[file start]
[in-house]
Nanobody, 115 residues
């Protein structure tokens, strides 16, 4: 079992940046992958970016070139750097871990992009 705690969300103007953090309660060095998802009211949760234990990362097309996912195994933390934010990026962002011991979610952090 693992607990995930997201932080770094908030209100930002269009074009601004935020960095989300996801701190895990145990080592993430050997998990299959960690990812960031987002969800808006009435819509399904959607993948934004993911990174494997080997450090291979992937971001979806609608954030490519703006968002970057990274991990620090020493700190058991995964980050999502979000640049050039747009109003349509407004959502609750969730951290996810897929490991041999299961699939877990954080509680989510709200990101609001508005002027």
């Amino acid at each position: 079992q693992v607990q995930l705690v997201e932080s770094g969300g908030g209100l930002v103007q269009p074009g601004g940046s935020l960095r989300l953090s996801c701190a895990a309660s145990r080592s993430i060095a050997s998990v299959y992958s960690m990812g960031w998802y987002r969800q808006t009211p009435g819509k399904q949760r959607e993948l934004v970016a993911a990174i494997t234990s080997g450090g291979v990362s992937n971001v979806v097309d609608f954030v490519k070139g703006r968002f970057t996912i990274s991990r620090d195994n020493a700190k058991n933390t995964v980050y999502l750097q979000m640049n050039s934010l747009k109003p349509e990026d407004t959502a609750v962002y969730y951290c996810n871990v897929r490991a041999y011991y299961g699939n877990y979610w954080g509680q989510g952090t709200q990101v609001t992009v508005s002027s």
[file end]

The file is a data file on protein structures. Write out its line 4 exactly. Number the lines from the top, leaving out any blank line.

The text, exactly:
């Amino acid at each position: 079992q693992v607990q995930l705690v997201e932080s770094g969300g908030g209100l930002v103007q269009p074009g601004g940046s935020l960095r989300l953090s996801c701190a895990a309660s145990r080592s993430i060095a050997s998990v299959y992958s960690m990812g960031w998802y987002r969800q808006t009211p009435g819509k399904q949760r959607e993948l934004v970016a993911a990174i494997t234990s080997g450090g291979v990362s992937n971001v979806v097309d609608f954030v490519k070139g703006r968002f970057t996912i990274s991990r620090d195994n020493a700190k058991n933390t995964v980050y999502l750097q979000m640049n050039s934010l747009k109003p349509e990026d407004t959502a609750v962002y969730y951290c996810n871990v897929r490991a041999y011991y299961g699939n877990y979610w954080g509680q989510g952090t709200q990101v609001t992009v508005s002027s």